Turkey hunters have best stories to tell

A hunter crippled a wild turkey one season. He spent three days looking for it but had no luck. He hung up his gun for the rest of the season. “I know that bird is dead,” he said “and that’s my limit for this year.”

That’s top-drawer sportsmanship. But there are more ways than just that one to “lose” a turkey. A common way is freezer burn. Many hunters go through every torment imaginable to bag the bird then wrap it carelessly and toss it into the freezer where it never sees the light of day again. Often, folks just don’t know how to cook it so it gets shuffled around in the freezer until it’s too late to use it.

Another way to lose a turkey is to handle it improperly or cook it inadequately. This can result it severe abdominal distress. Undercooking any poultry, domestic or wild , encourages the growth of bacteria, which can lead to food poisoning .

The Pennsylvania Department of Environmental Resources prepared a list of guidelines for safe handling of your wild turkey and all poultry. Following these rules means you’ll never again have to lose a turkey from mishandling.

“Allowing the poultry and gravy to cool at room temperature after cooking increases the possibility of bacterial growth and production of toxic byproducts,” one official said. “To be safe, soon after cooking, place turkeys in the refrigerator for proper cooling to the safe temperature of 45 degrees.

Each year, food-borne illnesses increase. Turkey should be kept frozen at 0 degrees or below until the thawing process begins. A microwave oven can be used for thawing, provided the cooking cycle begins immediately after thawing. When the turkey is thawed, remove the giblets and wash thoroughly inside and out. Cooking should be begin at once. Turkey never should be be partially cooked one day and completed the next.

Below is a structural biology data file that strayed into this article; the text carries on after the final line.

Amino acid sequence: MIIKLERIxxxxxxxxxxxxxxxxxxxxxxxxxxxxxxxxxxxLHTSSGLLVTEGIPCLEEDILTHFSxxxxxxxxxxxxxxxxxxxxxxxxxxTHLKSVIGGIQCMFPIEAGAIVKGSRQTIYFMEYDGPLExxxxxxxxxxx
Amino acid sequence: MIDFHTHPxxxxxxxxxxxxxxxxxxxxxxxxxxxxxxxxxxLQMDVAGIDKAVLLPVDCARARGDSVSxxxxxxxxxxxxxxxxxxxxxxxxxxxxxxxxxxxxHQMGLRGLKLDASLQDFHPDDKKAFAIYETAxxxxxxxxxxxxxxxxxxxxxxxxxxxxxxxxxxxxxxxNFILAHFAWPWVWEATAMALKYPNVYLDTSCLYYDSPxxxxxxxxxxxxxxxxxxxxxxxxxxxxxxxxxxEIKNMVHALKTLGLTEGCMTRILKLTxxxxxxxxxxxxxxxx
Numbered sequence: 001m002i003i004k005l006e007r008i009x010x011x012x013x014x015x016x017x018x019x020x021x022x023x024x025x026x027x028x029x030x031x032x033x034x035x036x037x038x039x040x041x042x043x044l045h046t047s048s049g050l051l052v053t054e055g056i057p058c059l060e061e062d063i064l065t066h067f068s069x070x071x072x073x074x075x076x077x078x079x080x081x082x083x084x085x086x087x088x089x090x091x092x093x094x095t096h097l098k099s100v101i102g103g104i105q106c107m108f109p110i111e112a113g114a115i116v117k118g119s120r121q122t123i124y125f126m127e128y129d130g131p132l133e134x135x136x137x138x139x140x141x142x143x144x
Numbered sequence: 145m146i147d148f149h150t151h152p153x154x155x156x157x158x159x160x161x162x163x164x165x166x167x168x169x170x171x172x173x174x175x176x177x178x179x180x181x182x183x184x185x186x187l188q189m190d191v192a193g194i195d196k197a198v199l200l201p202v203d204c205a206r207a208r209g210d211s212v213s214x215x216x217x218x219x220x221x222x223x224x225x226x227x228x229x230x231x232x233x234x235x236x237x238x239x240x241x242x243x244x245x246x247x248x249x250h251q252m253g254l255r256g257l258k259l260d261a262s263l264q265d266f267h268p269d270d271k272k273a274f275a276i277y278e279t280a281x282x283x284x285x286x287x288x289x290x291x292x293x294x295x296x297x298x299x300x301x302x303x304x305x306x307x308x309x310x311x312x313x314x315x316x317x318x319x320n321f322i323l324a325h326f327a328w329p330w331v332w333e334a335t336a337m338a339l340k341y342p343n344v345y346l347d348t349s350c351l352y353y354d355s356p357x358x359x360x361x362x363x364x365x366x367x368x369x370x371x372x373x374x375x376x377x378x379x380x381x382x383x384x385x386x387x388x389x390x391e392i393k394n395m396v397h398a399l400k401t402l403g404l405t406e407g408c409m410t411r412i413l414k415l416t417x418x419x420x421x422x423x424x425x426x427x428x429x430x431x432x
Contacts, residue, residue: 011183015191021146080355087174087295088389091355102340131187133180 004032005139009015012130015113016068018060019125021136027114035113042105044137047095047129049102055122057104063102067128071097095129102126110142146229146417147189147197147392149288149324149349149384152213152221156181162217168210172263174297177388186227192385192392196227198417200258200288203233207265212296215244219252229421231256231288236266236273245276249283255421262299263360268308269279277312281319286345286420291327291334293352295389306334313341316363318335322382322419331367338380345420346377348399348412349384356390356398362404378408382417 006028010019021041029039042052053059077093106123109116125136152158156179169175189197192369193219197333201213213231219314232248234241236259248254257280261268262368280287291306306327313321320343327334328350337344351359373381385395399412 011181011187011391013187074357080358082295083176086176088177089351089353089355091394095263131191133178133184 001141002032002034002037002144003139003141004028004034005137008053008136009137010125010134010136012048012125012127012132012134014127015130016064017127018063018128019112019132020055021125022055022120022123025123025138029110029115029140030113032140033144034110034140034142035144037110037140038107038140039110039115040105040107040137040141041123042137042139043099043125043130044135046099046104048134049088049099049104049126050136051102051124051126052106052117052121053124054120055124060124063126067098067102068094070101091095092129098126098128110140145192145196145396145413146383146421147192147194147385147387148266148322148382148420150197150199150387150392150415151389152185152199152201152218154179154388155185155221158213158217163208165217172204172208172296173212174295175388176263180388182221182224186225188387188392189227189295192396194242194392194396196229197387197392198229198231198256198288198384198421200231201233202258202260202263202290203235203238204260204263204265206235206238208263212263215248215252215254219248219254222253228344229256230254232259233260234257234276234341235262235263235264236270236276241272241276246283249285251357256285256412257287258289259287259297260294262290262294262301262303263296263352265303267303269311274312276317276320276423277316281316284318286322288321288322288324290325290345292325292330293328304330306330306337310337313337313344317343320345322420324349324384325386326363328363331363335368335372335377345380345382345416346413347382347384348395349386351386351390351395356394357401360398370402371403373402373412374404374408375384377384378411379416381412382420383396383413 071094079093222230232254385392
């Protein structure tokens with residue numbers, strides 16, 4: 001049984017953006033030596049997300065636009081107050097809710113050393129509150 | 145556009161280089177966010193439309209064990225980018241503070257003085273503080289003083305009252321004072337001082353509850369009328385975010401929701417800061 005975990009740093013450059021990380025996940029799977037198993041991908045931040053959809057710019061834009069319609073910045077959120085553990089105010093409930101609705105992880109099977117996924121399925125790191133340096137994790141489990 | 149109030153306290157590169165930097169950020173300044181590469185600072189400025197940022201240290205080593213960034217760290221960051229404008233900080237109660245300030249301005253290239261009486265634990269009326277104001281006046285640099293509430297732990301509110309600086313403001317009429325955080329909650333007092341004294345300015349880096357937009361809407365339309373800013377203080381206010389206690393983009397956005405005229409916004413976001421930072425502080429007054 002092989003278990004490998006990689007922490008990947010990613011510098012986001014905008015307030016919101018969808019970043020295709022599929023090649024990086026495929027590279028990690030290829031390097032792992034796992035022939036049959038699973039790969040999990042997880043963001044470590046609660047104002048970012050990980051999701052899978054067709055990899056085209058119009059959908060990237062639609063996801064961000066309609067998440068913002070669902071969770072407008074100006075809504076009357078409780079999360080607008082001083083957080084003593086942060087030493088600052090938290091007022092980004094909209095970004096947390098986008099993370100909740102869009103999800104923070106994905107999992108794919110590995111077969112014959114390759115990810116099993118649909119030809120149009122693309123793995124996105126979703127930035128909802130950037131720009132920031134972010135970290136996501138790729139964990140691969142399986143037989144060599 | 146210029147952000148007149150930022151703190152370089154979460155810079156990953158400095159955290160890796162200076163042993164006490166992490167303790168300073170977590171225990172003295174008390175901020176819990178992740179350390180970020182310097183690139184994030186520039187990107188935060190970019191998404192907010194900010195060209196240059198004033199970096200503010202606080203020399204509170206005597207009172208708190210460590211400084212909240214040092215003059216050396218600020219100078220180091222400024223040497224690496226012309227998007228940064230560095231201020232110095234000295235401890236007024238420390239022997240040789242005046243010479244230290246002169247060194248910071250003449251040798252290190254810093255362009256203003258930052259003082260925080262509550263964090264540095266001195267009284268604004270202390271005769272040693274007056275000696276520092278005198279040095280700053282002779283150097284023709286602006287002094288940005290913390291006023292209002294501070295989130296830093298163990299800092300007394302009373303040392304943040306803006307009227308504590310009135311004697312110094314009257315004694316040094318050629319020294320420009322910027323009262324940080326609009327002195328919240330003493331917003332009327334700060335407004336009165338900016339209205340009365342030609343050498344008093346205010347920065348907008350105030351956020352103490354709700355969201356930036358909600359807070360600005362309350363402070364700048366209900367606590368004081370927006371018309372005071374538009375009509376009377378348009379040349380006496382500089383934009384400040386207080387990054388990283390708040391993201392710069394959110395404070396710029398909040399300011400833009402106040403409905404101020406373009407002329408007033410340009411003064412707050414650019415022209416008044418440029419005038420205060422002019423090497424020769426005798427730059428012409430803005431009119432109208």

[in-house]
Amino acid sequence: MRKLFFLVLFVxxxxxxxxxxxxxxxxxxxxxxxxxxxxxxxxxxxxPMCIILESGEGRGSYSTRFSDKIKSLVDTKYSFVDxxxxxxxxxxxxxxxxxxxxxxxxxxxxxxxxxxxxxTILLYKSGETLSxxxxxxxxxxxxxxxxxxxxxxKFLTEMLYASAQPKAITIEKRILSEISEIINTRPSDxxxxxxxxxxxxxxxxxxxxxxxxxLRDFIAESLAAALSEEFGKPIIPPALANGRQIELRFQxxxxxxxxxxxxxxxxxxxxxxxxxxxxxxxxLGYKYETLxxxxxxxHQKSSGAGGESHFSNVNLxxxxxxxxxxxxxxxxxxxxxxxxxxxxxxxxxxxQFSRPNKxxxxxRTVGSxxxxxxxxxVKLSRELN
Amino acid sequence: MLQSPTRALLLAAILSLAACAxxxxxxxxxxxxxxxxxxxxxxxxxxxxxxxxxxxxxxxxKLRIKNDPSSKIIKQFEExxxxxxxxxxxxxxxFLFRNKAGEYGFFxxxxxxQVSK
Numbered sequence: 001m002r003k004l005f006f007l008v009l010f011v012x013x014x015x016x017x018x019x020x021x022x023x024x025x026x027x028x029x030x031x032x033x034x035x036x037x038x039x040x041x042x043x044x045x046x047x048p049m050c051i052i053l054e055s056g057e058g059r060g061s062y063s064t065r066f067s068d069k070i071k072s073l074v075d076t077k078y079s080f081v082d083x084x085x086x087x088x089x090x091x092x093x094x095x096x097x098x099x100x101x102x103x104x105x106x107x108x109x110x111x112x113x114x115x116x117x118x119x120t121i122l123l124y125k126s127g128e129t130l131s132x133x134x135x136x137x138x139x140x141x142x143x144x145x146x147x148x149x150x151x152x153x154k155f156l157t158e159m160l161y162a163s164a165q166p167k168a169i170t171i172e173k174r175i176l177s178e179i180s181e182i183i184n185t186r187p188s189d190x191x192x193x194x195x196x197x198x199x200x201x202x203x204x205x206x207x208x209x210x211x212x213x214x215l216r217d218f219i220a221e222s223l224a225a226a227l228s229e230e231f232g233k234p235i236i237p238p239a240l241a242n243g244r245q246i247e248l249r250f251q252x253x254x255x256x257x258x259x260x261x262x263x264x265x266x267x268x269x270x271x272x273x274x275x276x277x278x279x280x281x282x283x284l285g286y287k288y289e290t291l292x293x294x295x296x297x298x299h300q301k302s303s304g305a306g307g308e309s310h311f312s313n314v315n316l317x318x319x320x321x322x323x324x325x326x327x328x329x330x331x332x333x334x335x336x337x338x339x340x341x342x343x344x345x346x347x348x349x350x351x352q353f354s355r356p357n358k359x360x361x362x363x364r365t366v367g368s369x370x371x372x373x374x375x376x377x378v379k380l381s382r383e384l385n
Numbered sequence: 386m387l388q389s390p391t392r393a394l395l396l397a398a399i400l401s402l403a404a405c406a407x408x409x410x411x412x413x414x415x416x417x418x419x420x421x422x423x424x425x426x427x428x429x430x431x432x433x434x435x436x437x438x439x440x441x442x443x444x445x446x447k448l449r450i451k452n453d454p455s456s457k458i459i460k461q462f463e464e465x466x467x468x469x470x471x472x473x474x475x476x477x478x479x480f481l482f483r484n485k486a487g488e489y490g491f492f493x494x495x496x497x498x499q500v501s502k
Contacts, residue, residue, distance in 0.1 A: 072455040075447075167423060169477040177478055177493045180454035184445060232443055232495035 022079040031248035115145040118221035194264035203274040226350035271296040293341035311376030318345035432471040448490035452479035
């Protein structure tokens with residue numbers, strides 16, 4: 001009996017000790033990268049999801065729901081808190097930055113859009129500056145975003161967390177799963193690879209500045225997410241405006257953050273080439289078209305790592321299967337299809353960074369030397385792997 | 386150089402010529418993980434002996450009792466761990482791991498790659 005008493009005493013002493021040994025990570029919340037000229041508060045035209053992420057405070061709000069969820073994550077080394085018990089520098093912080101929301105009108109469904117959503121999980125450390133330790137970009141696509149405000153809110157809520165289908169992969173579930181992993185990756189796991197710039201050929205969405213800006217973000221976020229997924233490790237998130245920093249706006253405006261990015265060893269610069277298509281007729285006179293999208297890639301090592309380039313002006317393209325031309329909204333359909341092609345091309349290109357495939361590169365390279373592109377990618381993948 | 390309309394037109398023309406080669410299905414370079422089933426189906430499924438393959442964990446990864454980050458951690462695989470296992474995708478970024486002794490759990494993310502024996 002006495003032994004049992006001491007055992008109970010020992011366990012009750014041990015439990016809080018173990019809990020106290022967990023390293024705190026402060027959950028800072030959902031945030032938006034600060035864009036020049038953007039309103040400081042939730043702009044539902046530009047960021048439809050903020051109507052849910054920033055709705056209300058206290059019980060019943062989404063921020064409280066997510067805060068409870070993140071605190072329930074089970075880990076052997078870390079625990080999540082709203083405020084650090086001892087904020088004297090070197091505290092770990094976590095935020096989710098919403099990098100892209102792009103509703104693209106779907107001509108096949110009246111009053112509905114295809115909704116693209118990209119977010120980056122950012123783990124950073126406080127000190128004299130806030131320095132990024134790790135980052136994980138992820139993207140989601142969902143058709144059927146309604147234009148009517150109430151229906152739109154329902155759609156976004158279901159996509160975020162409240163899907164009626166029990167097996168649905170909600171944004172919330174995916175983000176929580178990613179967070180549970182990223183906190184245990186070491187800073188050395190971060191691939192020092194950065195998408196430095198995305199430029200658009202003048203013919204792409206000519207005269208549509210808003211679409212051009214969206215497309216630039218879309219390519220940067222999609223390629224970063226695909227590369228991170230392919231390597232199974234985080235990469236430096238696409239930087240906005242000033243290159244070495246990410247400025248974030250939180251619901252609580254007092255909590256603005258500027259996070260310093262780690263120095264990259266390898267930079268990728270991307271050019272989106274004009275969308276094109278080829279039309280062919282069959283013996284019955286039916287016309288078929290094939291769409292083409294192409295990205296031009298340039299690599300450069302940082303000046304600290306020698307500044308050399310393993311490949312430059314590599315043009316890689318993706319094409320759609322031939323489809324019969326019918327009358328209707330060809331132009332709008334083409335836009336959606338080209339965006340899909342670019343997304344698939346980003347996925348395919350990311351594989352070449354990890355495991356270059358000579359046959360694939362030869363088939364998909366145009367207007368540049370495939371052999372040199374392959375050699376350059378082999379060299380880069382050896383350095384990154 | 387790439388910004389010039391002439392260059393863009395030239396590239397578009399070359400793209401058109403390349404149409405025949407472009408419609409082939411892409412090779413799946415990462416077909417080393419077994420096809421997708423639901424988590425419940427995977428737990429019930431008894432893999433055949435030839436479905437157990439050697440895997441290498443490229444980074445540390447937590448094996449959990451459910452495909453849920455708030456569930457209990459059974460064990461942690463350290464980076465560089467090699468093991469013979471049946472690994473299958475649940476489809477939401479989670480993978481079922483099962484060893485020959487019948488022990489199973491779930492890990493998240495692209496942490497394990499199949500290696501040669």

Bake the stuffing separately from the roasting turkey. Stuffing the inside of a bird prevents the meat closest to the bone from being cooked thoroughly. If the turkey is cooked the day before it is eaten, it should be refrigerated promptly after it is removed from the oven.

Leftover turkey should be sliced from the carcass and stored in shallow containers no more than 2 inches deep. Do not cool these leftovers at room temperature before refrigerating.

It is because of all these restrictions and for sheer convenience that I tend to my wild turkey in a way that many hunters do; I simply slice open the breast skin, and pull it away from the breast meat. With a sharp knife I filet out the two breast meats producing two fine chunks. These can be roasted if so desired but most folks these days simply cut the breast meat into strips about and inch thick, soak in milk then roll in bread crumbs, or whatever you like, and then deep fry quickly.

Like many turkey hunters, when that recipe for cooking turkey breast meat came up from the South, I tried it out of curiosity. My family and I both loved it cooked that way and I have never cooked it any other way for over 30 years now.

Wild turkey cooked this way is great for everything from Sunday dinner to a back yard barbecue. Another choice way to fix wild turkey is to take the entire breast filet and cook in the oven or crock pot until almost done .

Then remove it from the crock pot, slice and serve with melted butter in which to dip the turkey. Just like lobster. And a filet of turkey breast can be baked whole with any variety of sauces that may be your favorites. I find that the best cooking recipes are the simplest ones.

Because wild turkey does not have much fat in this meat — it is not a Butterball after all — it will dry out if cooked too long. So be careful of that. It does not need to be cooked as long as domestic turkey or chicken.


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